I’ve just realised that jigsaw puzzles are perfect metaphors for lockdown, and not just fun activities to do during lockdown.
(And I am using the word fun advisedly.)
Jigsaws – and perhaps lockdowns too – start initially with some enthusiasm when you tip everything out onto the table and anything seems possible. That’s the time when the lockdown dreams spring up – This time I will learn Swahili, this time I will do yoga every day, this time I will eat healthy food everyday and run three times a week.
However once the pieces are tipped out all over the table, you have to start sorting through them and try to make some sense of them. I’m sure many people found that after that excitement of the first few days, when they were trying to keep up with their lockdown ambitions, it all started to get harder, and more difficult, and that initial enthusiasm just tailed right off.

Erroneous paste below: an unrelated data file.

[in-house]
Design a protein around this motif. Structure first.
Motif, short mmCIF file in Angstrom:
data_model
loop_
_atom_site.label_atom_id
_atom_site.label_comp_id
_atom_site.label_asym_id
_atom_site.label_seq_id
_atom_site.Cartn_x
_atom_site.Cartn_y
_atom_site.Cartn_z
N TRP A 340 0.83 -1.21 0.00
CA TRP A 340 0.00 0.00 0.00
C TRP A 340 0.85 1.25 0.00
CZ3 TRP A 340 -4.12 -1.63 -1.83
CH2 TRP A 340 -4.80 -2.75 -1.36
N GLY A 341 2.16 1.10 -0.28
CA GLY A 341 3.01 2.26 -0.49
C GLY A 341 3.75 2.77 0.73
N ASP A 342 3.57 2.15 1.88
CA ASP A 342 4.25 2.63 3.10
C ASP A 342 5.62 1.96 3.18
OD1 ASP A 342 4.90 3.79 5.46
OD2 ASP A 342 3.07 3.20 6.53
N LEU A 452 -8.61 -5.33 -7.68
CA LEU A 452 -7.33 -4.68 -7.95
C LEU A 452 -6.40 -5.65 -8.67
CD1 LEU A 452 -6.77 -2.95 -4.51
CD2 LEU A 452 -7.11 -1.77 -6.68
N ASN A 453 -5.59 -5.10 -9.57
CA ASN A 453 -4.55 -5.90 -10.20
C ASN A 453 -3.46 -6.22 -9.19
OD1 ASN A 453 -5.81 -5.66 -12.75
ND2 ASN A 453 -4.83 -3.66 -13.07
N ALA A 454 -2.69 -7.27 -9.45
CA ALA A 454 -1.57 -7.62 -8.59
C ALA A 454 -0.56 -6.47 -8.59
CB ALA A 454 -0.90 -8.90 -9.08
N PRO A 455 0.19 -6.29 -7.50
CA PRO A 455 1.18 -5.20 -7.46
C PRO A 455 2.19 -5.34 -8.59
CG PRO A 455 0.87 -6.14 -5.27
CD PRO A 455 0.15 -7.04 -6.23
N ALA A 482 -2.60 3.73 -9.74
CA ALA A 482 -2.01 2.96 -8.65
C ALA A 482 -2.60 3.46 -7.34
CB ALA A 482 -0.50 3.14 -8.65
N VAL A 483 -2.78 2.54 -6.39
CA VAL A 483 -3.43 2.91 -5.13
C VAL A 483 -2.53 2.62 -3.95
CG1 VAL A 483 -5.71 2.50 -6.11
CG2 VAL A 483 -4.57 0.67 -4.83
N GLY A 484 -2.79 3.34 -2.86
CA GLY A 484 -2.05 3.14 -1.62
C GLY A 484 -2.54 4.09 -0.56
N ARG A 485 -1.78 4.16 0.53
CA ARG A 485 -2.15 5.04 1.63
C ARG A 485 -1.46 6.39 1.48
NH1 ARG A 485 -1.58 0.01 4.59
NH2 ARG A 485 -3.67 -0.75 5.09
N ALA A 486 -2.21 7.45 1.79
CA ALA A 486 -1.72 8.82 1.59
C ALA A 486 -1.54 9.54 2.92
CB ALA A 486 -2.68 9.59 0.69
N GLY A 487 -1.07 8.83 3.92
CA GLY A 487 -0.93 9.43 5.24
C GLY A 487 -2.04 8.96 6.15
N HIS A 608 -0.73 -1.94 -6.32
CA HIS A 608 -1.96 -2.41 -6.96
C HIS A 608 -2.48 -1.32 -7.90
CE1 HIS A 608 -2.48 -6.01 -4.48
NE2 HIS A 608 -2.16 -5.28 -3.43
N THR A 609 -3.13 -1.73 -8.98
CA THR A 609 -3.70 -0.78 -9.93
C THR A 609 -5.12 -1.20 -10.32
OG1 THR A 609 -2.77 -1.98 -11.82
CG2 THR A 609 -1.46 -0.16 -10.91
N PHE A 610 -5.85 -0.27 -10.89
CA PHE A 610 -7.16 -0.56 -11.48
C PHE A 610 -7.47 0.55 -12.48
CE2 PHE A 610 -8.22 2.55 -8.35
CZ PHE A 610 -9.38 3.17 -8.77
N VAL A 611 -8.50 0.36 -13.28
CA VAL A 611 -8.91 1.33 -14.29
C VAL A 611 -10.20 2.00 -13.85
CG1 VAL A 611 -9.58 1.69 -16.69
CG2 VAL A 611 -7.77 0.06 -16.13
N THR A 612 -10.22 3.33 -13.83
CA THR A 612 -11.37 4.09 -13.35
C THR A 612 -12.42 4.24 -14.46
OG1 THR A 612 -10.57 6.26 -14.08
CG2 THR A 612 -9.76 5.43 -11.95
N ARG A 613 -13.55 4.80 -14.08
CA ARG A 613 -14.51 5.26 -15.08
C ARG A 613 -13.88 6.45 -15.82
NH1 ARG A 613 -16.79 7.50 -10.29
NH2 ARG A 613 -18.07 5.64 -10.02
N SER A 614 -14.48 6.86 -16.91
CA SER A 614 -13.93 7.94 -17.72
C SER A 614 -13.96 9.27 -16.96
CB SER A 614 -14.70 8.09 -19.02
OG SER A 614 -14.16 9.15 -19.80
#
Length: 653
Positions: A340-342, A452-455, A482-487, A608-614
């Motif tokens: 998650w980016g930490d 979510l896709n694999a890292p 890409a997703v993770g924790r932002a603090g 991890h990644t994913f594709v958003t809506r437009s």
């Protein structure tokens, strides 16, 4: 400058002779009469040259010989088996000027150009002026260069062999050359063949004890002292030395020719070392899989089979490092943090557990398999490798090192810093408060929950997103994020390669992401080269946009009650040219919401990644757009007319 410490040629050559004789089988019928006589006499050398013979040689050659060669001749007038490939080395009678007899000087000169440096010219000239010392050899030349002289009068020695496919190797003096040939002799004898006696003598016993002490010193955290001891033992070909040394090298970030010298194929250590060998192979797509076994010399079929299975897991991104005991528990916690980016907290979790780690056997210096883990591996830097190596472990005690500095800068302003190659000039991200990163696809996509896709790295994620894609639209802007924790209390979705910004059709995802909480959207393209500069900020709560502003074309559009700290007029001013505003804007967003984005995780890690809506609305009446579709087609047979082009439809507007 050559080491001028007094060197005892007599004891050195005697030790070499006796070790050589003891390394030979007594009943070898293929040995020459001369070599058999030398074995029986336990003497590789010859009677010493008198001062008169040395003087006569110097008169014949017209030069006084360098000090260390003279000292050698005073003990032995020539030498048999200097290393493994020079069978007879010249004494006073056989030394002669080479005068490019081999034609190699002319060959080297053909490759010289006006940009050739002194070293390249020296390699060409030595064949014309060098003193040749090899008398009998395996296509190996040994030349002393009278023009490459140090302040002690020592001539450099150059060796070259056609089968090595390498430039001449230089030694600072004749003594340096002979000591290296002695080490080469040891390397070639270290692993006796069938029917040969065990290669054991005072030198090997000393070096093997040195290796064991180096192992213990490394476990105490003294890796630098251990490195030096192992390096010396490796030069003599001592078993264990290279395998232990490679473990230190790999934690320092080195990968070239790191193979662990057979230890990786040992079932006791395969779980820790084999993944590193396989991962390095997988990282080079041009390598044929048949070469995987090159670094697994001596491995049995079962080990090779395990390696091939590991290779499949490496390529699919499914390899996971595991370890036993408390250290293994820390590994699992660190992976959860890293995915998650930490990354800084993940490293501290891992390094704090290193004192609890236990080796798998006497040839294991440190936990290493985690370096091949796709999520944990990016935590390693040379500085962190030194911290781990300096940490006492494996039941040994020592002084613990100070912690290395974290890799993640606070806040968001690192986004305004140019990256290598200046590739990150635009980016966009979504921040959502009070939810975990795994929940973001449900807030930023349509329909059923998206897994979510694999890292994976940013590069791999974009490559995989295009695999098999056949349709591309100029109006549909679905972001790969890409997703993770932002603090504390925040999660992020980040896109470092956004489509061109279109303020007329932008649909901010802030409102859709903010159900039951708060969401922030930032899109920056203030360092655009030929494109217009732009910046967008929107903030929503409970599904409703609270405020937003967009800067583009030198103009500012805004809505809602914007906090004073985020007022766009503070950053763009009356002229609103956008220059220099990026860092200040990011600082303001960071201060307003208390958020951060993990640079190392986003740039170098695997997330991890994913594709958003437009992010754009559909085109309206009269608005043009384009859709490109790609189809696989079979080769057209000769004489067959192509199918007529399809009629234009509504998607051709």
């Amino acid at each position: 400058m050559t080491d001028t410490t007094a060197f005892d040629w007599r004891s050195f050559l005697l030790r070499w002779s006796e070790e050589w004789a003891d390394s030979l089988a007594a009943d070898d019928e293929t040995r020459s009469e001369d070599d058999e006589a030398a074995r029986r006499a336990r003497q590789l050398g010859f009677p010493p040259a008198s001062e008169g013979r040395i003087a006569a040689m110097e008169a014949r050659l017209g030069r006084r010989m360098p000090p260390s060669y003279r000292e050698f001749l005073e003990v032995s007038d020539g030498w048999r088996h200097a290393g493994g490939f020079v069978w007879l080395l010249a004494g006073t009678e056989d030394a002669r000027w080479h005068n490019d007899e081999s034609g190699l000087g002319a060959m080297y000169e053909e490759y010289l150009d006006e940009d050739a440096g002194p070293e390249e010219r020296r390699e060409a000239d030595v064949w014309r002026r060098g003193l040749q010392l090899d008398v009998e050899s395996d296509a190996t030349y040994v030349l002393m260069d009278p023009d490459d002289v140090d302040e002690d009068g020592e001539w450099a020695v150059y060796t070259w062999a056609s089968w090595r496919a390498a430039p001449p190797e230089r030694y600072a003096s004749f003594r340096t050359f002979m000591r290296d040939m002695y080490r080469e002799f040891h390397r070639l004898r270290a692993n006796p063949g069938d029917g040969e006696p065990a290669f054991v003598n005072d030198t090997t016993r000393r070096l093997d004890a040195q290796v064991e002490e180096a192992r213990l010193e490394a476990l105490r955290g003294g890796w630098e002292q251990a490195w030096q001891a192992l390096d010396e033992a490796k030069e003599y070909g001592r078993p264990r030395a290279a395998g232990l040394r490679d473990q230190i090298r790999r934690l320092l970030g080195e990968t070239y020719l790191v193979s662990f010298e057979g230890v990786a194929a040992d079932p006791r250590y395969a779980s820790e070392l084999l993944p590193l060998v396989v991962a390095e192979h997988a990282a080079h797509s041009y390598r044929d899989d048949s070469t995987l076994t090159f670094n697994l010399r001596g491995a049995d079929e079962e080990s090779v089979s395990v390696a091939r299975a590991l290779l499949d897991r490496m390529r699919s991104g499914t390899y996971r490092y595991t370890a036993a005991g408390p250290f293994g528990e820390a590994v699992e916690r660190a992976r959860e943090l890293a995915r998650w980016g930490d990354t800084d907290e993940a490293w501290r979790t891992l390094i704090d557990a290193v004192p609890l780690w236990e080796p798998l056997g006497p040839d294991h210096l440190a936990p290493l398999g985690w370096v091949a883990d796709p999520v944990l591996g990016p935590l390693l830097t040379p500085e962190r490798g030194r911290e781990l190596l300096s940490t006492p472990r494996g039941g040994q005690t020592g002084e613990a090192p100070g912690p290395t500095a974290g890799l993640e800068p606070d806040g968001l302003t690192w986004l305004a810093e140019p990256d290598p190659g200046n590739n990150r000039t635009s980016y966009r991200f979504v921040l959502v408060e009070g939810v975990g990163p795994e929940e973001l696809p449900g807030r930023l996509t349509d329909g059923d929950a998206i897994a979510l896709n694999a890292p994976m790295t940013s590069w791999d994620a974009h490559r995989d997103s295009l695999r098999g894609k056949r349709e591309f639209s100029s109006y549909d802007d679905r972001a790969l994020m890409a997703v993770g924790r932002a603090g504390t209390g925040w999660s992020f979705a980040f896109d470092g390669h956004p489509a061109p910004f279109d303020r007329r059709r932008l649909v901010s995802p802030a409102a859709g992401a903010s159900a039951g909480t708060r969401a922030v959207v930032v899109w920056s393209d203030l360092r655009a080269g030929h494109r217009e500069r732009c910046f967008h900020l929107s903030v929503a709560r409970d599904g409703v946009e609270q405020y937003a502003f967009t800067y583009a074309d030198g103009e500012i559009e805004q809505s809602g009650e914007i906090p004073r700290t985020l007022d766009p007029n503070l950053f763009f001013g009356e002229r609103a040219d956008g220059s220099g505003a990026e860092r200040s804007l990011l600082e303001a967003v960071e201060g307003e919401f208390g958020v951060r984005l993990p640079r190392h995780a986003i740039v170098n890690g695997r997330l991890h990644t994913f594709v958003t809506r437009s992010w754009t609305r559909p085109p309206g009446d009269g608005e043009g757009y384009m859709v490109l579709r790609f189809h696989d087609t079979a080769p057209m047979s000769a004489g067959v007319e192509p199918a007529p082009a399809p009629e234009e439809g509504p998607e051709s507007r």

And once you have your pieces sorted – the sky pieces, the river pieces, the building pieces, the greenery pieces – you have to start the dull and tedious process of matching them up together, picking things up only to put them down again. In the same way lockdown becomes a long boring slog with nothing much to look forward to, and all those bright intentions fall off to the wayside, although in both lockdowns and in jigsaws, there are the occasional “AHA” moments, feelings of excitement when you make a connection.
And then when you can see the end, that’s the worst. It’s usually the sky, where every piece is a slightly different shade of blue in combination with cloud, and the only way to figure it out it to up every piece in turn and try it in every gap – does it fit here, or here, or here…? And you think you’ve finally got something right, only to look back a few minutes later and realise it was all wrong and you have to undo it and start again. This is where I feel at the moment, that I’m in the lockdown equivalent of trying to finish the sky. One piece at a time, gradually filling in the spaces, sometimes going backwards, but knowing it will soon be over.
I hope all my readers who are enduring lockdown are holding it together. Remember, piece by piece, you’re filling in that sky and soon it will be finished.